According to Bergman, “We want to supply hardware to Microsoft and software developers so they can make DX11 games on our hardware first.” This would put AMD ahead of Nvidia, something that hasn’t happened for several years, thanks to Nvidia’s dominance in the DX10 market. “We were kind of fighting from behind, but with DX11 it feels like we’re ahead this round.”
Despite reports that very few game titles would take advantage of DX11, Bergman is keeping up his enthusiasm. Reportedly, he knows of a handful of independent software vendors that are working “eagerly” to release games.
Nvidia this week released new WHQL videocard drivers, now in version 186.18. A handful of bugs have been squashed in this newest update, most of which relate to Windows 7. Some of the resolved issues include:
Resolves issue where PhysX option would be disabled by default in multi-GPU configurations (XP)
Resolves issue where the system would not resume from Standby mode when running a 9800 GX2 (Vista and Windows 7)
Changes made to program settings from the Nvidia Control Panel in 3D Settings are now preserved after closing and reopening when running a 9500 GS (Windows 7)
SLI focus display can now be switched using "Set SLI configuration" for GTX 260 owners (Windows 7)
Not a whole lot has been done to improve performance if you're upgrading from a previous 186.xx or 185.xx driver release. However, if you're upgrading from 182.xx, Nvidia claims double digit performance boosts in a number of titles, including up to 45 percent in Mirror's Edge with antialiasing enabled, 30 percent better performance in Half-Life 2 engine games with tri- and quad-SLI enabled, and a 25 percent boost in The Chronicles of Riddick: Assault on Dark Athena.
For some time now there’s been speculation as to just what processor is under the hood of the Zune HD. Now, it has finally been confirmed that it is the Nvidia Tegra that’s allowing potential users to view video in HD.
PC Perspective’s Ryan Shrout was able to confirm the news after hearing about the Tegra’s role in the new Zune at Computex in early June. The Tegra was chosen due to its ability to decode a video stream using only 150 mWatts of power and output audio at only 20 mWatts.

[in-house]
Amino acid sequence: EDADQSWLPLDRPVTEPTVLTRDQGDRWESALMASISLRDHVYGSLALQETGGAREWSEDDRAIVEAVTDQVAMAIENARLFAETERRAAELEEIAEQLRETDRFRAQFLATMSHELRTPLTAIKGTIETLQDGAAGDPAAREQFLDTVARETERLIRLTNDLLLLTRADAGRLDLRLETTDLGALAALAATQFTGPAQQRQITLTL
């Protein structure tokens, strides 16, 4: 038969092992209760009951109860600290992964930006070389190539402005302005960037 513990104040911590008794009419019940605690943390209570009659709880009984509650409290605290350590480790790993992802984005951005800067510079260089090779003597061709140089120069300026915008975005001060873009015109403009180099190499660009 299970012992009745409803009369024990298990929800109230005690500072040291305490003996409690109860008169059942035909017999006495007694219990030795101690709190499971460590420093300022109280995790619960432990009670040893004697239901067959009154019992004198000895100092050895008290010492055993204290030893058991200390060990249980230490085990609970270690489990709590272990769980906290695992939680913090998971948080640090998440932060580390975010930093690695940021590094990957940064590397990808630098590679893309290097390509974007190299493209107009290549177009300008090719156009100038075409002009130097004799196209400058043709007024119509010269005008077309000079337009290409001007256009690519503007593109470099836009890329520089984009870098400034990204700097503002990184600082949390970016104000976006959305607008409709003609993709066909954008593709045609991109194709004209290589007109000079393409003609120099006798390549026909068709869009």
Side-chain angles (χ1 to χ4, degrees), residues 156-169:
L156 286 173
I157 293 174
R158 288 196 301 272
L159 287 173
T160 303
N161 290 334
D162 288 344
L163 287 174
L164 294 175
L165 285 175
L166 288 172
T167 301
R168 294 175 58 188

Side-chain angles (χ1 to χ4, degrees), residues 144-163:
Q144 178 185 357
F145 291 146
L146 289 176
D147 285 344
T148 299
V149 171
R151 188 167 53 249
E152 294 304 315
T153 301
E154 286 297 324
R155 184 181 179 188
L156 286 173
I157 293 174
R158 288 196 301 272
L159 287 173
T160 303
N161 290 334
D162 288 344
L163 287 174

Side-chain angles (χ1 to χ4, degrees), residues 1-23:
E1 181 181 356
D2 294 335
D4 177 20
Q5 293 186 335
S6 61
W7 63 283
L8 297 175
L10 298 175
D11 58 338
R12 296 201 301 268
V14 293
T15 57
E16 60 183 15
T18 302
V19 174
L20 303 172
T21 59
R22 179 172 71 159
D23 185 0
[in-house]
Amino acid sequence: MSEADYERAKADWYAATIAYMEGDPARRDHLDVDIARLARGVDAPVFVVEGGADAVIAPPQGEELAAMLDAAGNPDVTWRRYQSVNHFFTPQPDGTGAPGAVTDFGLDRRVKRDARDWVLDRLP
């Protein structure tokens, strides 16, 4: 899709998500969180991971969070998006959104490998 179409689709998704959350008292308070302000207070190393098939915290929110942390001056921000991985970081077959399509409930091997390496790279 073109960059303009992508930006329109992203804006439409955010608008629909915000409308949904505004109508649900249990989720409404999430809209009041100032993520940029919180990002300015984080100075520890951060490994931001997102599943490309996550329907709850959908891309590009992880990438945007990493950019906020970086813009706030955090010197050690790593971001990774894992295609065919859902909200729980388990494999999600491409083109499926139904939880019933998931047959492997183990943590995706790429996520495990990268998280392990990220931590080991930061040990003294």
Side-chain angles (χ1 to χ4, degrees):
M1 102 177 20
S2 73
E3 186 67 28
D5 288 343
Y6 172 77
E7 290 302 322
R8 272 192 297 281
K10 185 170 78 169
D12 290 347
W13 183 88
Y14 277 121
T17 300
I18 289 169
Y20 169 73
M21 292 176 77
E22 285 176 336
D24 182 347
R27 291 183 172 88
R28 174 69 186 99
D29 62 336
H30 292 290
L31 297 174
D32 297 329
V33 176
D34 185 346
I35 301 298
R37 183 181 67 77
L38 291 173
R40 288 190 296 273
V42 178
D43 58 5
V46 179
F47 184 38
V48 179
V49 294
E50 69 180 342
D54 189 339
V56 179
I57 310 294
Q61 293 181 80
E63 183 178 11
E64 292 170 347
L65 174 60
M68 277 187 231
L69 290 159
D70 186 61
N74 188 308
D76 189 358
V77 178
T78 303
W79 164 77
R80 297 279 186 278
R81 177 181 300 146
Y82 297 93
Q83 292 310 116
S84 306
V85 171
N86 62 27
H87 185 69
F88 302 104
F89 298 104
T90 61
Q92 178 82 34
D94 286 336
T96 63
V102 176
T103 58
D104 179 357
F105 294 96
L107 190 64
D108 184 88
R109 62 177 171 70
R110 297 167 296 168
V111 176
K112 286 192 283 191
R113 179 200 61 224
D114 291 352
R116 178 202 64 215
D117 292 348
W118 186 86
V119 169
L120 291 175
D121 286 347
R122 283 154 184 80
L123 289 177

With the Zune HD’s 3.3-inch 480x272 OLED display, it’ll be able to playback H.264 content and output video via HDMI at 720p.
ASRock, a subsidiary of Asus which made a name for itself offering hybrid AGP/PCI-E motherboards in the socket 939 days without a performance penalty, plans to release a netbook built around Nvidia's Ion platform. Or as ASRock wants to call it, a Multibook.
The 12.1-inch Multibook G22 will come with Intel's dual-core Atom 330 processor (1.60GHz), 2GB of DDR2-667 memory, Nvidia Ion graphics, 320GB hard drive (with support for up to 500GB), a 10-in-1 card reader, 1.3MP webcam, DVD burner, 3 USB 2.0 ports, HDMI, and a bunch of other connections.
At 3.3 pounds sans battery and over an inch thick, it might be tough to classify the G22 as a netbook, which seems to be just fine with ASRock.
We've heard rumors that Nvidia was planning on refreshing its GeForce GTX 295 videocard with a second, single-PCB version, and it looks like EVGA is the first to offer the new design.
"EVGA is proud to announce the latest and fastest in high performance graphics accelerators, the EVGA GTX 295 CO-OP Edition," EVGA wrote. "This card combines two GPUs onto a single PCB, a clear indication on why this card is called CO-OP!"
Core clockspeed will remain at 576MHz -- the same as EVGA's previous GTX 295 videocards -- however the company has goosed the memory clockspeed up from 1998MHz to 2016MHz.
EVGA also plans to sell separately a waterblock for the new card called the Hydro Copper. The full-cover copper waterblock ships with both 3/8-inch and 1/2-inch barbs and includes "an extreme high flow path design with a unique, integrated, pressure point."